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Mr. America's Creator: The Race Science of Dr. Ales Hrdlicka, 1896-1943

Magaña, Linda

After nearly half a century’s work to establish the field of American physical
anthropology, Dr. Ales Hrdlicka1 died quietly in his home in Washington, D.C. on September 5,
1943. A leading public intellectual, Hrdlicka had been the director of physical anthropology at
the Smithsonian Institute for forty years. He was an original proponent of the Bering Strait
theory of migration, at the time a controversial position arguing that the first humans in the
Americas migrated from Asia across a land bridge roughly 12,000 years ago. A survey of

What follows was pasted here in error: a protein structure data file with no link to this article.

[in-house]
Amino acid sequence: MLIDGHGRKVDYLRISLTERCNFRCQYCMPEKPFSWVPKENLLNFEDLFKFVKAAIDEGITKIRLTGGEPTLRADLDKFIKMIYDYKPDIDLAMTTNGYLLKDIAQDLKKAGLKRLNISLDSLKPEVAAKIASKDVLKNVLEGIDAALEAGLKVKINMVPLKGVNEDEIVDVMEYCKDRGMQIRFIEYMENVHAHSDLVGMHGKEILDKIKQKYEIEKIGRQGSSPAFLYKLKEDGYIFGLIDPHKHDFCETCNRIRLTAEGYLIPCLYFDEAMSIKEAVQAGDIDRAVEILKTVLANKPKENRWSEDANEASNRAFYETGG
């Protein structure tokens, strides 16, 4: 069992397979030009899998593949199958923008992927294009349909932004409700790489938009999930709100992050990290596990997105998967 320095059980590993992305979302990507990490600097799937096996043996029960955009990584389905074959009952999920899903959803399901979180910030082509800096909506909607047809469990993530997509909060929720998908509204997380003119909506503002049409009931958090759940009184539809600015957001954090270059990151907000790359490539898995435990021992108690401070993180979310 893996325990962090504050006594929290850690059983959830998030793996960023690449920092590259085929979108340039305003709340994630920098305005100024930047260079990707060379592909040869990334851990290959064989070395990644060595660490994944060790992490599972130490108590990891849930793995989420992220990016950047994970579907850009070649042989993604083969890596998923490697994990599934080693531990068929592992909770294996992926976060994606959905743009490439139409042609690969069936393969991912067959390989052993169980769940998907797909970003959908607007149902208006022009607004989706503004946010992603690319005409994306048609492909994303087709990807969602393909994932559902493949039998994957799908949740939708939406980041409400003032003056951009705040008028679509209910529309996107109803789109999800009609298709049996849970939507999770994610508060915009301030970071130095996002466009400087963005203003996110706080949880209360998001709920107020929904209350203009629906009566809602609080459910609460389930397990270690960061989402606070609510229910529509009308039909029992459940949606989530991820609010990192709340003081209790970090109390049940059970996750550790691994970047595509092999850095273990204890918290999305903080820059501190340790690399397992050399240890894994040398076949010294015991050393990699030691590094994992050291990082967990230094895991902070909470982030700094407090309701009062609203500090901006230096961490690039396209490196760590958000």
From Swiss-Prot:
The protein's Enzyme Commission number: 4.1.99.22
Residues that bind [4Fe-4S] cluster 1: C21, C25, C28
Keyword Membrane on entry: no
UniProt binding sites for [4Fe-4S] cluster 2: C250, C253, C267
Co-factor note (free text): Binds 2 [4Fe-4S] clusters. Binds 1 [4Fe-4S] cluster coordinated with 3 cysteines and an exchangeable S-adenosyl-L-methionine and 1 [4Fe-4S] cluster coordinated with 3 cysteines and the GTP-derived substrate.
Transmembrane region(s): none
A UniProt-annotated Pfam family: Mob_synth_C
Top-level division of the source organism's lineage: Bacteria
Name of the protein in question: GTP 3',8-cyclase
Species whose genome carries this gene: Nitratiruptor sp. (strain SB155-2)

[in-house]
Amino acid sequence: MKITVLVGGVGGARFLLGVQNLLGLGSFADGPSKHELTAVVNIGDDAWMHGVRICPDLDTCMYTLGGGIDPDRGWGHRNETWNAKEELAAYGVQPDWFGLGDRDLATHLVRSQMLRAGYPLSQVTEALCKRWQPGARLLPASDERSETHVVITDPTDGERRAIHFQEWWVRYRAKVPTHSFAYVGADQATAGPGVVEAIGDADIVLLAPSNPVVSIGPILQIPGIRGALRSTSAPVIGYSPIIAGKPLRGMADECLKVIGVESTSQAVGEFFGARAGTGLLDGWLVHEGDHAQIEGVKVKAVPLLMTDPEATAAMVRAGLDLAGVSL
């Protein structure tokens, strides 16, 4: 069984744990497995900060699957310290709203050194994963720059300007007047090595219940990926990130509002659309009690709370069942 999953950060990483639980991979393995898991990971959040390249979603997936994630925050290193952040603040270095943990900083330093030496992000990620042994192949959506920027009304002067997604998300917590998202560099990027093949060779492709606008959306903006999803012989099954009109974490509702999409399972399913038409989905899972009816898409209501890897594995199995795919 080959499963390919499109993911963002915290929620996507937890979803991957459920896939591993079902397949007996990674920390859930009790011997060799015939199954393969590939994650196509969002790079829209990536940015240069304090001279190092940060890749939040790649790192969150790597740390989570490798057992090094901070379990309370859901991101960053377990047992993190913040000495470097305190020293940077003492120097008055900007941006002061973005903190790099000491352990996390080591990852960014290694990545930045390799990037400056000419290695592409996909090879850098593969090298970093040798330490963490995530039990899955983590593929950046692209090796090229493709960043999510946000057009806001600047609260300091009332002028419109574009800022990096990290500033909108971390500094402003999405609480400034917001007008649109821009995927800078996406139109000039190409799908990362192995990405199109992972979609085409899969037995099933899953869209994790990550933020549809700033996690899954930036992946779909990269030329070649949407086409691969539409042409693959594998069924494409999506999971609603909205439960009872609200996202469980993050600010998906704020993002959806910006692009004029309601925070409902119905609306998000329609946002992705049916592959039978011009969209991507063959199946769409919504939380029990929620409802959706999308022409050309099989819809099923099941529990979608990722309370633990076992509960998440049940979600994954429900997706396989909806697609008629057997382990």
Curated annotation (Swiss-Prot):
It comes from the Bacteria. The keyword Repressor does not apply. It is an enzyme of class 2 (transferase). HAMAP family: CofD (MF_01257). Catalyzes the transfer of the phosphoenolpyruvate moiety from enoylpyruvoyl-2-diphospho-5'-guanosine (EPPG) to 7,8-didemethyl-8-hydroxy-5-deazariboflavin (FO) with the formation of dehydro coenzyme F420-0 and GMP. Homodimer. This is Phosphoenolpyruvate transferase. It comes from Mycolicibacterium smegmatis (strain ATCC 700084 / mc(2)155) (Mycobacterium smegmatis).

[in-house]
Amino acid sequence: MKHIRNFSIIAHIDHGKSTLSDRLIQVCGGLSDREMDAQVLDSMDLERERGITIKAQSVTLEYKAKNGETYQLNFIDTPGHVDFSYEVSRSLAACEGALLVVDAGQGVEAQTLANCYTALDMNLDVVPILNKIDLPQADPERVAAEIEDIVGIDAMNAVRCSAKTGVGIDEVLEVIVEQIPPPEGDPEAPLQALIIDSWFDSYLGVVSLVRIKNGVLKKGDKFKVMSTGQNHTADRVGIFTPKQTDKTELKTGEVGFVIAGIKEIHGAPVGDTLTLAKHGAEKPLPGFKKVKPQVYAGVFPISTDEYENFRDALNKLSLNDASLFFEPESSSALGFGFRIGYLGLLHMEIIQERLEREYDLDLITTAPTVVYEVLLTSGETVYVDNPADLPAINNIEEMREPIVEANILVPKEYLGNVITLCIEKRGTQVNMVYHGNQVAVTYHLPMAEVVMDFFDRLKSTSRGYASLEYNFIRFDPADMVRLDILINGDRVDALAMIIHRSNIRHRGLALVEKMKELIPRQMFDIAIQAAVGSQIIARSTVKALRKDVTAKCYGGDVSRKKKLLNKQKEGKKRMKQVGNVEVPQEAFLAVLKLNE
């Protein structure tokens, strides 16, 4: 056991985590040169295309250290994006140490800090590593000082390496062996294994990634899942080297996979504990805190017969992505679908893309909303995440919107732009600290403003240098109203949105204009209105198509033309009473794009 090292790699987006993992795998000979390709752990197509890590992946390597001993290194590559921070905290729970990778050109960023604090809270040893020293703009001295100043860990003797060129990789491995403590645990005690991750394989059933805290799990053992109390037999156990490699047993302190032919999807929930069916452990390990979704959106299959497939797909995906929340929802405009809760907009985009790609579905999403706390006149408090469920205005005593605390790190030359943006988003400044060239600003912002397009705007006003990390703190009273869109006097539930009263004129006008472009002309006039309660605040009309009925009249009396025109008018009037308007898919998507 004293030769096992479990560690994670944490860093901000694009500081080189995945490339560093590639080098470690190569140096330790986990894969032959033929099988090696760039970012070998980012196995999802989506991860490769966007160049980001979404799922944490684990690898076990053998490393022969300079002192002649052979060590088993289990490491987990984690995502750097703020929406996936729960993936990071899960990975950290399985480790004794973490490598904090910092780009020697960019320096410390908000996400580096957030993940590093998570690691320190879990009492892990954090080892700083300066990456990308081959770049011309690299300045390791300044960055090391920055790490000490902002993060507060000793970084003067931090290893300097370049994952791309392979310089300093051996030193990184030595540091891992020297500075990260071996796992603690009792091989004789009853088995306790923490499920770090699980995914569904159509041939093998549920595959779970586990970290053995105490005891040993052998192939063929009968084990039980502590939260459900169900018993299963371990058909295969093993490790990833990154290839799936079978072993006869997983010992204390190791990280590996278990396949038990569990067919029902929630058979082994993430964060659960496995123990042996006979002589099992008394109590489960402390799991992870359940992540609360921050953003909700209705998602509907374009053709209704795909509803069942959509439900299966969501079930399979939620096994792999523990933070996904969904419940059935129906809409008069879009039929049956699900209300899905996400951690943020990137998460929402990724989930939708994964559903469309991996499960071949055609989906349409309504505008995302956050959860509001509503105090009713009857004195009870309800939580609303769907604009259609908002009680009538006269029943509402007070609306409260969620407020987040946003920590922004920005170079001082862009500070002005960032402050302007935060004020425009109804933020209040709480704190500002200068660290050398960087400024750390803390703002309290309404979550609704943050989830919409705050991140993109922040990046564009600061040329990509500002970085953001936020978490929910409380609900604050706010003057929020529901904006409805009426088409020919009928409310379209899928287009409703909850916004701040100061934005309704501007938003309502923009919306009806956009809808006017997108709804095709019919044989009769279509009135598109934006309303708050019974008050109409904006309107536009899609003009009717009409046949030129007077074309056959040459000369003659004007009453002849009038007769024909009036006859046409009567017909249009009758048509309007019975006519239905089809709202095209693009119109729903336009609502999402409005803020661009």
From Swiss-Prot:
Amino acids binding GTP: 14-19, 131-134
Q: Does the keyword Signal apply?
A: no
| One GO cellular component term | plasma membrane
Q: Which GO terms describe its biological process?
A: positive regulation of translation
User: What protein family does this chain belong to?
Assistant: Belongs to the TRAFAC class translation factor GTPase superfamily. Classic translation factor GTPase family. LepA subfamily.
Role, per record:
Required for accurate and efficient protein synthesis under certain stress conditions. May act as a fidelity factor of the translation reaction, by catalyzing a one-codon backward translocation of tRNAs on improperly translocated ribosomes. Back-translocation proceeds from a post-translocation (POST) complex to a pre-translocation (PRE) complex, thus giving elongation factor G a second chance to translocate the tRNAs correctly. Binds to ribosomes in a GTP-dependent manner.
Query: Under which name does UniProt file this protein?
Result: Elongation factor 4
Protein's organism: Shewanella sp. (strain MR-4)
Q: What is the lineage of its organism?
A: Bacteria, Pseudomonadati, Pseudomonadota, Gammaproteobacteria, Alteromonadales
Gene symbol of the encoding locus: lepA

Hrdlicka’s resume, full of similarly impressive accomplishments, glosses over the nuanced and
complicated intellectual development of this Bohemian-born American physical anthropologist.
This thesis explores the tension embedded in Dr. Hrdlicka’s conceptual vision, a vision limited
by his—and to a large extent, the nation’s—obsession with the quantification of race.

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Academic Units
History
Thesis Advisors
Ngai, Mae
Degree
B.A., Columbia University
Published Here
May 6, 2011
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